Air Shepherd flies drones to stop poaching. To date, they’ve piloted over 4,000 missions to stop rhino and elephant poachers. In their own words, their work is “reversing the march of extinction”. Here’s how.
It’s an exceptionally sad state of affairs that, in 2020, the illegal ivory and rhino horn trades are both booming international industries.
Ivory has been seen as a luxury since time immemorial. In some parts of the world this hard, white material is considered as valuable as gold, making it a coveted status symbol. Wealthy tourists from the West, presumably looking to decorate their mantels, are also known for smuggling it home in their suitcases.
The biggest market for keratinous rhino horn, on the other hand, is believed to be Vietnam, where they, measured and valued by the key, can fetch tens of thousands of dollars. Like ivory, rhino horn is a marker of wealth, but many are also convinced of its medicinal value, despite the fact that repeated scientific studies have failed to corroborate this claim.
That the function of these items is purely decorative makes it all the more tragic that demand for tusks and horns is propelling both the rhino and elephant to extinction. At the current rate, it’s expected that both animals could be extinct within the next two decades. The problem has never been so urgent.
But poaching in African countries, where diminishing populations of rhinos and elephants still roam, is a notoriously stubborn issue. Given how lucrative the industry for ivory and rhino horn is, perhaps that’s not surprising: poaching can be extremely profitable, and for some locals, other sorts of gainful employment aren’t easy to come by. Add to that governmental corruption and the impenetrable nature of the crime syndicates responsible for the global poaching industry, and the problem can seem impossible to overcome.
Of course, because of increasing desperation to preserve vulnerable species, conservationists have also stepped up their efforts to fight illegal poaching and the technologies they use to do it – from flooding the market with fake rhino horns to using artificial intelligence to scan camera trap footage for evidence of foul play. But catching poachers in the act is no easy feat. They tend to work at night, when the cover of darkness makes tracking them across the vast African terrain nigh on impossible.
That’s where South Africa’s Air Shepherd comes in.
Air Shepherd uses a fleet of flying drones, replete with a high-tech AI, to scour the savannahs and catch poachers on the ground. The sophisticated technology was originally developed for the US military to identify roadside bombs in Iraq.
Run by the non-profit Lindbergh Foundation, the Air Shepherd initiative has been described as “eyes in the sky” for the anti-poaching cause.
Drones Give Rangers the Upper Hand
It works like this: the drones, which look just like miniature planes, are flown over high probability areas, or deployed when the team has been tipped off about an upcoming poaching operation. Once a drone spots a poacher and their whereabouts is identified, the team radios nearby rangers, who can then intercept the suspects. The upper hand afforded by this technology tips the balance in favour of the rangers.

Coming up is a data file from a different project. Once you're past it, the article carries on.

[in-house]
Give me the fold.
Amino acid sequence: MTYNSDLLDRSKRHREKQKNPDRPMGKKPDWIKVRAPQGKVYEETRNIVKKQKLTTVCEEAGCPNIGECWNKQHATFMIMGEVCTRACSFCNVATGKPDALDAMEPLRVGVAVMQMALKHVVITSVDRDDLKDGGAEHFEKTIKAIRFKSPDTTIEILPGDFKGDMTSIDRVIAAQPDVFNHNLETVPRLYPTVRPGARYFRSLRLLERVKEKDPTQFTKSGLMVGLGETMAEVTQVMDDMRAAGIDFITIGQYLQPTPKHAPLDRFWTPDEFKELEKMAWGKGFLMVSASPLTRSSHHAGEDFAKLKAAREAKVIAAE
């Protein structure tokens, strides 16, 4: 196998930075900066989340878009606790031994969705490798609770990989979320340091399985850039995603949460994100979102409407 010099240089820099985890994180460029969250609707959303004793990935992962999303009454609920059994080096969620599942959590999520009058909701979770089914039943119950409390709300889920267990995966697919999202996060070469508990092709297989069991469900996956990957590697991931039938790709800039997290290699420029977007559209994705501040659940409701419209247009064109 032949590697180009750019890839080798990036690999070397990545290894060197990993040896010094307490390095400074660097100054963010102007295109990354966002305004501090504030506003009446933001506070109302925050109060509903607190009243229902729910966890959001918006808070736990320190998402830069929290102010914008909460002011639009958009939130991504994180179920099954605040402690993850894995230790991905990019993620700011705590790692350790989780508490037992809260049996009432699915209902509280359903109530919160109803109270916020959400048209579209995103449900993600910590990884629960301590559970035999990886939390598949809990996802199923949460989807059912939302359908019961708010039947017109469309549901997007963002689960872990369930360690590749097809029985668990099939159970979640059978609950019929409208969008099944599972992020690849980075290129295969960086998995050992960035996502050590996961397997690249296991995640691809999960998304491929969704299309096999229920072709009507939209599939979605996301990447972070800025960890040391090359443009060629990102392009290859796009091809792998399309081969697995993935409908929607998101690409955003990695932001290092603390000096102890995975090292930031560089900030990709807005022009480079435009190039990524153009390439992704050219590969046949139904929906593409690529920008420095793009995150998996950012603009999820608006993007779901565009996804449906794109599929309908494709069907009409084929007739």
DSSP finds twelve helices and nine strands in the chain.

Air Shepherd drones not only catch poachers: they also serve as a crucial deterrent for future illegal operations.
Because of the darkness, the drones use not just ordinary night cameras but also heat-sensitive imaging, which makes it easy to spot not just the animals, but the humans too.
The above video of Air Shepherd shows them in action – including their hushed late-night operations, with the Air Shepherd team closely monitoring several screens, some displaying GPS systems, others showing the darkened savannah. In other footage, poachers can be seen running away, suggesting that the planes have done their job.
Originally started in South Africa, Air Shepherd has already been in operation for over four years now, during which time it has carried out over 4000 missions.
Since its inception, Air Shepherd has launched in several other countries on the continent, including Malawi and Zimbabwe. Unfortunately, Air Shepherd has had to slow down since the Covic-19 pandemic hit.
“It’s been quite a challenge these last five months because we’ve been locked down in South Africa”, explained Otto Werdmuller Von Elgg of Air Shepherd. “Obviously the border’s been closed.”
However, the border limits imposed by the pandemic have led to Air Shepherd redirecting, rather giving up, its efforts, and wading into uncharted waters. “We have been doing stuff on the Cape Coast for a lot of illegal fishing,” said Von Elgg. “We’ve been very successful there, we’ve had quite a lot of arrests. But obviously our core focus is more mammals. We hope to get back into the major parks and the cross-border stuff in the next few months.”
Air Shepherd is not the only project enlisting the help of high-tech drones for the good of the natural world. Drones are currently being deployed for positive impact all over the world – being flown to plant mangroves in Myanmar for example, prevent deforestation in the Amazon, and even to help tackle plastic pollution in Cambodia.